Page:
Costly copper contracts wipe out Sunderland manufacturer's profits

An end to "favourable" copper contracts has seen Sunderland pump maker Grundfos fall into the red, but the firm will be back in the black in 2014


Wearside pump manufacturer Grundfos said it will return to profit this year after costly copper contracts saw it slump into the red with a loss of £809,000 in 2013.

Sunderland-based Grundfos, the UK arm of the Denmark-headquartered Grundfos Group, saw sales rise by 5.7% in 2013 to top £102.9m, up from £97.3m.

But the previous year’s healthy profit of £4.3m was wiped out by the end of favourable copper future contracts, and a change in the products it makes, leading to the six-figure post-tax loss which the firm said was significantly worse than expected.

The firm was also hit by a slow uptake in sales for its new product – a more expensive, energy-efficient UPS2 pump that represents a change from its main manufactured product.

Sales of the new pump were slow in the first half of the 2013 but grew steadily throughout the rest of the year, the directors’ report accompanying the firm’s latest accounts said.

Net assets at the year end were £5.4m, a steep drop from the £11.3m in 2012, due to the payment of inter-group dividends of £5.1m combined with the loss after tax.

The directors said the business is forecast to grow turnover by 4.6% in 2014, and that it also expects to see a return to a pre-tax profit position.

UK sales represented £74.1m of all sales, with £28.1m coming from other European countries and £729,000 of orders coming in from the rest of the world.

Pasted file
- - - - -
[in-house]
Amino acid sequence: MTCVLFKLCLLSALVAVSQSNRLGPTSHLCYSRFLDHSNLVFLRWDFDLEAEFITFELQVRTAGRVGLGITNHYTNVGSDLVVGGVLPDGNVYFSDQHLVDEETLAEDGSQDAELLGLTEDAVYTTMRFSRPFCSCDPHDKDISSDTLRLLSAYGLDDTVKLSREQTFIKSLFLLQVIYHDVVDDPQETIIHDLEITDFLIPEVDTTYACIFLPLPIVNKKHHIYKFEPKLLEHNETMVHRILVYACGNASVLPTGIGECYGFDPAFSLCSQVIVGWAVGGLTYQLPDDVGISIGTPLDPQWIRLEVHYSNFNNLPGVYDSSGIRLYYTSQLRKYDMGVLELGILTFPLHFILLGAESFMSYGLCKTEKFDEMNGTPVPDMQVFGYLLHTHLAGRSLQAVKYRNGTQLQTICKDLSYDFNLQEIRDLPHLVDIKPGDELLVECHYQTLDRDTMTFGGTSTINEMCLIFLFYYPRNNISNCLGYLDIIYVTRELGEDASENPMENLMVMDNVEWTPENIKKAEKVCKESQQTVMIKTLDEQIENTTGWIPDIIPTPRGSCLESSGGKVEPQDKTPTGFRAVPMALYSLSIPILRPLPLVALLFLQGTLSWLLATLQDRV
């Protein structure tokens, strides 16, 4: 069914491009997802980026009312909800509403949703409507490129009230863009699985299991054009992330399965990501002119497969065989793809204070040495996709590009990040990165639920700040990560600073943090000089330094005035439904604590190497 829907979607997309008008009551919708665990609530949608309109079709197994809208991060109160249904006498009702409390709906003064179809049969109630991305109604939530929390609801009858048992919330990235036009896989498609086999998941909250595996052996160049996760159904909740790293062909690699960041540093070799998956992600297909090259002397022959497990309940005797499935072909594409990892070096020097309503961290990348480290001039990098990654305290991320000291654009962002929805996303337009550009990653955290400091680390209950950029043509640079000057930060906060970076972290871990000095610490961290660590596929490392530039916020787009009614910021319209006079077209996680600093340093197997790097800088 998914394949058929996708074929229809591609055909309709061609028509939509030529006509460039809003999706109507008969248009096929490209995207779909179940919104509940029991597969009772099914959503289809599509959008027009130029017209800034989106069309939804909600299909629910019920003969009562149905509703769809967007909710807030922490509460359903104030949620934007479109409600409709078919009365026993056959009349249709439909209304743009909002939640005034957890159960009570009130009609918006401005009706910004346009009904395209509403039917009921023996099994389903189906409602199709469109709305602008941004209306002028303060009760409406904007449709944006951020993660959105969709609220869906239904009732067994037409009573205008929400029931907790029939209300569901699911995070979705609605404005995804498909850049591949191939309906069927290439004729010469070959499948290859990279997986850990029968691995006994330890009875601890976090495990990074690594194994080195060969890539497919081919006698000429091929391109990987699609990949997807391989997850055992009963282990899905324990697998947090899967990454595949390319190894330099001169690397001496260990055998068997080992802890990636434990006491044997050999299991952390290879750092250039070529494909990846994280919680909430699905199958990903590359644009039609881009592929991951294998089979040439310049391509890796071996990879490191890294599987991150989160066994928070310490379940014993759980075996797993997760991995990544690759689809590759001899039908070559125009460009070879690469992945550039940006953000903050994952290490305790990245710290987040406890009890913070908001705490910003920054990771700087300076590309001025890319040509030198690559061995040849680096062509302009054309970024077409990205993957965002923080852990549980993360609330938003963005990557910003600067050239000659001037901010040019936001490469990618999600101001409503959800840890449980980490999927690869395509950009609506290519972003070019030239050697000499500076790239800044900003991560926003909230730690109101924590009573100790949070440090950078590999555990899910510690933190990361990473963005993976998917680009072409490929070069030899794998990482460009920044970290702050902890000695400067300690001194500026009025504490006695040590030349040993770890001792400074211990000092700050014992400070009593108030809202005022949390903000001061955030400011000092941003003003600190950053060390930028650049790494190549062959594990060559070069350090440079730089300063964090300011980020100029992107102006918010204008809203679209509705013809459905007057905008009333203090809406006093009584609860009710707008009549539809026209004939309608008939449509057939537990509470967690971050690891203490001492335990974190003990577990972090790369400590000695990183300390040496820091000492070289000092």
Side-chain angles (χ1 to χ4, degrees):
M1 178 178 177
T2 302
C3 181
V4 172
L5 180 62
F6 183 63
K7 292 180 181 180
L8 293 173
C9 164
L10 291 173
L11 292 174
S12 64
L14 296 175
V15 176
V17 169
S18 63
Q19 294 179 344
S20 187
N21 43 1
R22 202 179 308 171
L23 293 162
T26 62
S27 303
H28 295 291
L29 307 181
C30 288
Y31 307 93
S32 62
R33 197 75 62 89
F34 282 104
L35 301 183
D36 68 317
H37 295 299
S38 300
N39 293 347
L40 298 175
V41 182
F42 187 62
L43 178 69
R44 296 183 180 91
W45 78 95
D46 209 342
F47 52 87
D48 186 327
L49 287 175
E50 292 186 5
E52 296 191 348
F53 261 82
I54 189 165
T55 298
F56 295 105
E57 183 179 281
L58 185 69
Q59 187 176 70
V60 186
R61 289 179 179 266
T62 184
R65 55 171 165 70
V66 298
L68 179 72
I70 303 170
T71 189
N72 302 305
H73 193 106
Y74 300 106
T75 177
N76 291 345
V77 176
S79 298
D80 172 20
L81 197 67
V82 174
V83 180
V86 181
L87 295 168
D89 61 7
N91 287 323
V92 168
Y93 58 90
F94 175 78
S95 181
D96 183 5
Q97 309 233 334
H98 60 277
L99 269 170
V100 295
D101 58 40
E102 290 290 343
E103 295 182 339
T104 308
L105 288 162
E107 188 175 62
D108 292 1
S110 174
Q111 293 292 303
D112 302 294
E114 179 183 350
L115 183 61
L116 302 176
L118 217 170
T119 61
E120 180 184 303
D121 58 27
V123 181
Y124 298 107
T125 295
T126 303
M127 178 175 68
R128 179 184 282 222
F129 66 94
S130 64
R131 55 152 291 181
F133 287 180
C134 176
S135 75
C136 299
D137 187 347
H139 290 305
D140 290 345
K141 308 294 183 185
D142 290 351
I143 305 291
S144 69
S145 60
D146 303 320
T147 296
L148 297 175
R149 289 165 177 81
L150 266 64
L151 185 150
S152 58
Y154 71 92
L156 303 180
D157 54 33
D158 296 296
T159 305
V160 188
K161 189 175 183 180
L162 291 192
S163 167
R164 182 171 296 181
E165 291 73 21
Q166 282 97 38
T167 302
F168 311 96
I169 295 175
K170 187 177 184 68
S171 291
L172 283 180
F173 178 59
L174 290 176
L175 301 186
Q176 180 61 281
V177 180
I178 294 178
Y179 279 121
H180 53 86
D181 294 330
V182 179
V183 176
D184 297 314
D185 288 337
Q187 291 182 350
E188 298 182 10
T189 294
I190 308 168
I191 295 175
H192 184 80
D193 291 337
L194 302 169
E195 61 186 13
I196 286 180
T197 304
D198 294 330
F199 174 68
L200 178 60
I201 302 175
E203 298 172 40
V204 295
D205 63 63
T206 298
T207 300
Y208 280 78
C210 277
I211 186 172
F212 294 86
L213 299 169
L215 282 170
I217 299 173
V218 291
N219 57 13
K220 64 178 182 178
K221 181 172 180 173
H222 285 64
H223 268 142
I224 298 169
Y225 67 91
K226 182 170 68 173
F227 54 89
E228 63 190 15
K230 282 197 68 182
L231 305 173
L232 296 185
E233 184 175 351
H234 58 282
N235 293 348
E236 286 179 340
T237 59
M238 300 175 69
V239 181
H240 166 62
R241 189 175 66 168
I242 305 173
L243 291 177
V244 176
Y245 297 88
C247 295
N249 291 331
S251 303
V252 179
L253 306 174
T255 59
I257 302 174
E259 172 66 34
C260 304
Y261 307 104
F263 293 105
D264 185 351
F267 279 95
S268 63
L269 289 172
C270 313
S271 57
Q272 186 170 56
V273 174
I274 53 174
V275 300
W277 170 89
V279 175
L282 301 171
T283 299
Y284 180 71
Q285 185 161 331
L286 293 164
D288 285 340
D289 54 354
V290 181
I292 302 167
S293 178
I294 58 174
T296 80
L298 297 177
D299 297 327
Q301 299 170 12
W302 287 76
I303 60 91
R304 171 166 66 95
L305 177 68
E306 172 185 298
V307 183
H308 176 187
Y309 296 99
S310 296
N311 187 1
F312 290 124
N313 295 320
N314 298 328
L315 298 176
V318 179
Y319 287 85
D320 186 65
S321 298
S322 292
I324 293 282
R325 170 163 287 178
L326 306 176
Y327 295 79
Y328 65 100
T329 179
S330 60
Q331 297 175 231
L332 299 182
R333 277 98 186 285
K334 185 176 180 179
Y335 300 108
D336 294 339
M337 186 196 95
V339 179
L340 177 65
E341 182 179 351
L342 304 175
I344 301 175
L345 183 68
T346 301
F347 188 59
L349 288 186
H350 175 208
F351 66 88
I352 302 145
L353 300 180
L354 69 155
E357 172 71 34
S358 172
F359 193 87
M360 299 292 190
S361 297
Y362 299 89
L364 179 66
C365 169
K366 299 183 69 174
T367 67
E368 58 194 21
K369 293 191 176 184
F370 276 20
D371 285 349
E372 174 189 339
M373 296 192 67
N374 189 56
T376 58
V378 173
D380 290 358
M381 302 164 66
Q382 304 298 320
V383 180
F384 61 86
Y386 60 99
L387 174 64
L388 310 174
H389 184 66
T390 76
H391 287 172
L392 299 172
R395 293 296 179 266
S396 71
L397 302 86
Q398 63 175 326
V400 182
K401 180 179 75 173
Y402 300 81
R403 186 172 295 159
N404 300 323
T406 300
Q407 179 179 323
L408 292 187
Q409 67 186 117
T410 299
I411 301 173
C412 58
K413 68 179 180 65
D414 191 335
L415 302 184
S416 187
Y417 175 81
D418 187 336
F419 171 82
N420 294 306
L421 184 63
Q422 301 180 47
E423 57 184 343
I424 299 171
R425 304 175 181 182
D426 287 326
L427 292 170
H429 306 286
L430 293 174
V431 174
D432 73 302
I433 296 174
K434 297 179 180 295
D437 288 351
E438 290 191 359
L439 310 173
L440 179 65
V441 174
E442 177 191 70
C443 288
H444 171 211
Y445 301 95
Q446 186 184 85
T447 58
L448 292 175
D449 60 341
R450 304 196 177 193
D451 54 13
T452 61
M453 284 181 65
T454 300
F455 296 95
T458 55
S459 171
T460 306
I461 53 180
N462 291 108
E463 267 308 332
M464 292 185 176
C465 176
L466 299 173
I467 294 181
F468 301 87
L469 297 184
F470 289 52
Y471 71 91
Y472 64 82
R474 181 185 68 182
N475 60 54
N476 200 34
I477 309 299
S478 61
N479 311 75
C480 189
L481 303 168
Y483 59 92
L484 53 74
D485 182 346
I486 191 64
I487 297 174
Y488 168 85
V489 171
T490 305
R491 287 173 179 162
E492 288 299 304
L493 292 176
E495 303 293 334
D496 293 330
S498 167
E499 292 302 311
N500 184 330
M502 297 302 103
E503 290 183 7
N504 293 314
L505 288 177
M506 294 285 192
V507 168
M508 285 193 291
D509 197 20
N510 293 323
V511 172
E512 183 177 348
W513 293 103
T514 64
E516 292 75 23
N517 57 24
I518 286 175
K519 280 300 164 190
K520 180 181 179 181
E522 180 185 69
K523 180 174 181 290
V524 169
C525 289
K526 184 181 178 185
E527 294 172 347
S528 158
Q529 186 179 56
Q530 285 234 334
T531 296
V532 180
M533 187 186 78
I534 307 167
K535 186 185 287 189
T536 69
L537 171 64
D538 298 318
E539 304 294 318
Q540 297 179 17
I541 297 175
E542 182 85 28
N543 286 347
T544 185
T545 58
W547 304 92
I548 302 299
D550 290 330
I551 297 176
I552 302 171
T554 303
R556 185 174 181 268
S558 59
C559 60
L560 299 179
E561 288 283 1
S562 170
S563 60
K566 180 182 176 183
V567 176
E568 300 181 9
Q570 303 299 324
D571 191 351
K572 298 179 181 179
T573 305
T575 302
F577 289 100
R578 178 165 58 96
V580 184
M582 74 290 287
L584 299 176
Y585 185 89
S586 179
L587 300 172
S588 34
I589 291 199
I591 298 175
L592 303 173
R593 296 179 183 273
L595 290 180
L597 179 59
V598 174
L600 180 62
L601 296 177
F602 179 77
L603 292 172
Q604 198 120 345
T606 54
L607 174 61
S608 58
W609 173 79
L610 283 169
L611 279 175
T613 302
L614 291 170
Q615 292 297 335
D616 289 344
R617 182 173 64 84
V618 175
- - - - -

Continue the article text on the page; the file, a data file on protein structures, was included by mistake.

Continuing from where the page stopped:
A final dividend of 237.2p per share was paid out in 2013, up from the previous period’s 200p per share.

The average number of staff employed in 2013 was 172 but the firm has since grown to 190.

Lee Carlin, general manager of Grundfus Manufacturing Ltd
Lee Carlin, general manager of Grundfus Manufacturing Ltd

Lee Carlin, general manager Of Grundfos, said: “Although Grundfos Manufacturing did increase sales revenue through the financial year (2014) we did post a larger than anticipated loss in profitability. The company was actually budgeted to make a loss due to the expiration of favourable copper contracts and the transition from manufacturing the UPS domestic circulator to the new energy efficient UPS2 circulator.

“Whilst ensuring that in excess of £2.5m of capital investment was made in the facility with the new production line, development and associated costs were higher than anticipated.

“Positively, however, Grundfos Sunderland is the only Grundfos facility worldwide which manufactures the ‘A’ rated UPS2 circulator and the company expects sales volumes to steadily increase through 2014 when it also starts to support the wider European sales region with the product. The company’s first quarter results are on budget and this is also helped by the increasing sales of larger Engineered to Order Systems which are also now produced and distributed from the Sunderland site.”

The business diversified into bespoke solutions having developed a range of engineered-to-order fire suppressant units, products that were given the seal of approval earlier this month when Knud Kraegpoth, senior vice-president of group production for Grundfos, visited the Castletown plant to see the new range for himself.

The company said it will continue producing a high volume of domestic water pumps but additional focus will be made into the engineer-to-order sector, where Grundfos create specially-made fire suppressant ‘packaged pump houses’ to specific orders.

Customers for the units currently being constructed include Grangemouth Oil Refinery, a Welsh hospital and a UK power station.


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